The Dresden Files only lasted 12 episodes, and although it never comes close to attaining the brilliance of the book series—which has a much larger scope—it had the potential to become something very special. Thankfully, it does not end on a painful cliffhanger. I'm glad Harry Dresden got to be on television, but it's too bad he didn't set SciFi on fire. Er, in a good way.
Current Mood: okay
Current Music: Frou Frou - Shh
April 2nd, 2014
|11:02 pm - Top of the Lake? More Like Drop of the Cake!|
When I—like the rest of the Internet—got hooked on True Detective, I—like the rest of the Internet—did note the very male focus and lack of strong female characters. Oh, for a show like True Detective with a female lead! The Internet informed me that the show I sought already existed in the Emmy-nominated miniseries Top of the Lake, which I had been vaguely interested in because of Elisabeth Moss. Now I was more than vaguely interested in it.
Top of the Lake begins with a pregnant 12-year-old half-Thai girl trying to drown herself in the lake, and it doesn't get any happier from there. Tui Mitcham soon disappears, the identity of the father of her child unknown, and the search begins. Robin Griffin (Elisabeth Moss) is visiting her New Zealand hometown to spend time with her sick mother, and she takes charge of the investigation. That's right, this woman is a true detective! And every single man in this town is super skeevy. Tui's father, Matt Mitcham, is easily the most compelling, complex character in the show, a man with a strong sense of family who will do something despicable a few scenes before performing an act of kindness. Robin's boss, Al, keeps hitting on her even though she's engaged. Even Tui's half-brother, Johno, with whom Robin has a history, has this lingering sense of skeeve all over him even though he's halfway decent; it's like that fucking town has tainted him. Fuck the patriarchy, and so on.
As if to deliberately contrast with the misogyny entrenched in Laketop, an enigmatic woman named GJ (Holly Hunter) sets up a commune for women on the outskirts of town called Paradise. They live in trailers and walk around naked and talk about their feelings. Boy, do they ever walk around naked. One thing that's cool about Top of the Lake is that everyone looks like a regular person. They're not all movie-star hot, and with the exception of the actual sex scenes, the show parades around non-sexualized nude bodies like it's completely normal. The group of women are mildly developed, only one or two getting real characterization, the most memorable being, of course, GJ, who is also the show's biggest misstep. She never makes any goddamn sense, she speaks completely in non sequiturs, and Holly Hunter's performance is, frankly, bizarre. She should be a female Rust Cohle and instead she's...who even knows what she is.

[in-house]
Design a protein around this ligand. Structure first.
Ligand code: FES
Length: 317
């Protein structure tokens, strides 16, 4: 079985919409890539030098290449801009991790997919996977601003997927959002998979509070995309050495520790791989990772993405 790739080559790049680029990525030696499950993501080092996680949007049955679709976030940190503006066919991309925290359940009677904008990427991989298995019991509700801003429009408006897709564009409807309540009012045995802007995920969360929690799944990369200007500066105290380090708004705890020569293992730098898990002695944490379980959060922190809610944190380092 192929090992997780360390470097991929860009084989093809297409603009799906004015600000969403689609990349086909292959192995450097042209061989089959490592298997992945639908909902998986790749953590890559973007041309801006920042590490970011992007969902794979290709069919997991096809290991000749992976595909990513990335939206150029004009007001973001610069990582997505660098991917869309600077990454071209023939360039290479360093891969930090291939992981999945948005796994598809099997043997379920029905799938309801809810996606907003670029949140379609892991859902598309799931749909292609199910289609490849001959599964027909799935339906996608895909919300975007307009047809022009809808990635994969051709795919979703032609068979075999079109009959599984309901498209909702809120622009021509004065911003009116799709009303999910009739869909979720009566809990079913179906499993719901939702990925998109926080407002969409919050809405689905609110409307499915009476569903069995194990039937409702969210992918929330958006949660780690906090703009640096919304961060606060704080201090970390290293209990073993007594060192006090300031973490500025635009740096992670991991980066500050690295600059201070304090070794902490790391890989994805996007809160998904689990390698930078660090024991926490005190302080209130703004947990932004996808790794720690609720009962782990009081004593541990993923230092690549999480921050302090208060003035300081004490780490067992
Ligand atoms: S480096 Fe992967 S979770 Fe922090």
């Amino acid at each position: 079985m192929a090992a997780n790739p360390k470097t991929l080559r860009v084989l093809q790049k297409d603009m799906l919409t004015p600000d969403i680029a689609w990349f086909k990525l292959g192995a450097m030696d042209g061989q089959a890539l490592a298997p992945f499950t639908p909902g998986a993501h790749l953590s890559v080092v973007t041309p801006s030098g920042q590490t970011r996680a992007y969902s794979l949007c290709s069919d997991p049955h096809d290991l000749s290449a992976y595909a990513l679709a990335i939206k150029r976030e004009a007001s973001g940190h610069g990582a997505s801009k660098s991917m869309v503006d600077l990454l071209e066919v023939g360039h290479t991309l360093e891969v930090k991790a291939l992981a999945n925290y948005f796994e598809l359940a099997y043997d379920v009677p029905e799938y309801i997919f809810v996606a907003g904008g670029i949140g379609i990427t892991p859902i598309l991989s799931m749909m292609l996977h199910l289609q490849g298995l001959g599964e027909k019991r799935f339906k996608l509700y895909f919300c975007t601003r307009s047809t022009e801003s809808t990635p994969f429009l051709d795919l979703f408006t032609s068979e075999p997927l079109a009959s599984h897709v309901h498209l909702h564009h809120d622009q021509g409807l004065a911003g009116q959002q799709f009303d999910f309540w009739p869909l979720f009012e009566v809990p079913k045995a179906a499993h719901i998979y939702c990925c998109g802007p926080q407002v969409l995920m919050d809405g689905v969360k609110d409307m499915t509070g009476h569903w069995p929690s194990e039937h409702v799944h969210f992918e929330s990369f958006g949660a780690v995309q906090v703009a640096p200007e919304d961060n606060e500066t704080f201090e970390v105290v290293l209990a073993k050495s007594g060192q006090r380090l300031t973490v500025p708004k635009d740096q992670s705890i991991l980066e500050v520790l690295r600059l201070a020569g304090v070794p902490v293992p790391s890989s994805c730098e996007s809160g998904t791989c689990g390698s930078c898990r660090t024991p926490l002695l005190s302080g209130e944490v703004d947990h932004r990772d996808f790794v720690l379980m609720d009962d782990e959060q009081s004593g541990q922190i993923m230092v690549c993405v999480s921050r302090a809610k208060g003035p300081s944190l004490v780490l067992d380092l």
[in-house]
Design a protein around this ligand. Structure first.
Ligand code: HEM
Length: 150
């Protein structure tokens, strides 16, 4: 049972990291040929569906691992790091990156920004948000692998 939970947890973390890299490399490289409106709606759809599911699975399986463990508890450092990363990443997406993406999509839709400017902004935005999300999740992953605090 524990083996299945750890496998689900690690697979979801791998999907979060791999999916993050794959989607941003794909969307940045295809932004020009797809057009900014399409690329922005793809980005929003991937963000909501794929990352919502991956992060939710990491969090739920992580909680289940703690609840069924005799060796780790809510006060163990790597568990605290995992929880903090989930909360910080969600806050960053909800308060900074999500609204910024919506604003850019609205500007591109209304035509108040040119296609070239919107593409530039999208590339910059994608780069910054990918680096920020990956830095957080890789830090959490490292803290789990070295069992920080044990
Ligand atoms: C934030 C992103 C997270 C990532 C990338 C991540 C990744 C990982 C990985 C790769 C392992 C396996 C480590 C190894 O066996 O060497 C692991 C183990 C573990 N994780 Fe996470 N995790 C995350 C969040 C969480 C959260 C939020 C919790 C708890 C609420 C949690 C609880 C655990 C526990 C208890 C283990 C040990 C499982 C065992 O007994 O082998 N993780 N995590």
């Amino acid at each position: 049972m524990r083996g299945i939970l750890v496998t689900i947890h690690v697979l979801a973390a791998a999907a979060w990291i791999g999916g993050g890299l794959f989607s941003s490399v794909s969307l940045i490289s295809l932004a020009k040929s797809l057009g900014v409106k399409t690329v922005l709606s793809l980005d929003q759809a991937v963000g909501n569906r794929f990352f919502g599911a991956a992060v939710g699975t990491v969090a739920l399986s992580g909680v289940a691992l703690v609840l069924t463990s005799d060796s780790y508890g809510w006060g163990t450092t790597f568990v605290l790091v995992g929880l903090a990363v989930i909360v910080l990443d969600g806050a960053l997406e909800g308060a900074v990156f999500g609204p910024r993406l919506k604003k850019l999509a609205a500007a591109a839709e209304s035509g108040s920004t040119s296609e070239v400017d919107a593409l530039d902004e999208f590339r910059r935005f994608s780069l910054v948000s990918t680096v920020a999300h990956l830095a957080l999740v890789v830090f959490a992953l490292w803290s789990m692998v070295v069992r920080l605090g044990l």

Like True Detective, however, it has a unified voice—every episode is written by Jane Campion and Gerard Lee—and directorial vision—every episode is directed by Jane Campion and/or Garth Davis. The cinematography provides atmosphere. This isn't Middle Earth New Zealand, though; it's more about desolate mountains and sparkling lakes than lush forests with talking trees. I haven't seen any of Campion's films, but her storytelling style here is understated to an almost baffling degree. Huge moments are not highlighted, episodes often end on a downbeat with no hook, scenes play out with no apparent relevance. It's the kind of the show that will put a massive plot twist at the beginning of an episode instead of at the end of the previous episode. It's not the sort of storytelling I'm used to, and I found it hard to engage with for a while. Halfway through, however, I became much more invested, and the second half has more momentum, leading to a hell of a finale.
Top of the Lake ought to come with a bucketload of trigger warnings (the premise itself implies rape/child abuse), and critics more eloquent than I have talked about the show's portrayal of rape culture. There's much more to the show than its central mystery, but to be honest, I would be less positive about the show if the mystery resolution hadn't been satisfying (instead it makes little clues scattered throughout the series all fall into place, which is how I like it). Overall, I found the show to be a little too meandering and obtuse, but it was incredibly refreshing to watch a show with so many interesting, well-rounded female characters. Robin is not always sympathetic, but Elisabeth Moss shows us all the sides of her, however ugly they may be. The same goes for Peter Mullan, who plays Matt Mitcham. In conclusion, this show is pretty fucked-up.
Current Mood: full
Current Music: Jay-Z vs. Nena - 99 Luft Problems
February 23rd, 2014
|08:46 pm - Baccano!? More Like The Unkillables!|
Certain combinations of words pique your interest. Zombie dinosaurs. Guitar ninjas. Plane golem. So allow me to introduce you to Baccano! with the following two words:
Sold? Good, that was easy. But I'll continue. "Baccano" means "ruckus" in Italian, and, my God, is there ever a ruckus in this series. There are ruckuses. Rucki. Ruckus, ruckus, everywhere. The fantastic opening credits set the scene with a raucous, jazzy tune that takes you through the introductions of 17 characters. Not all of them are hugely significant, and not all significant characters in the series get introductions. But notice how the scenes transition fluidly from one to the other, through the simplest of connections. The interconnectedness of these characters' lives is at the heart of Baccano!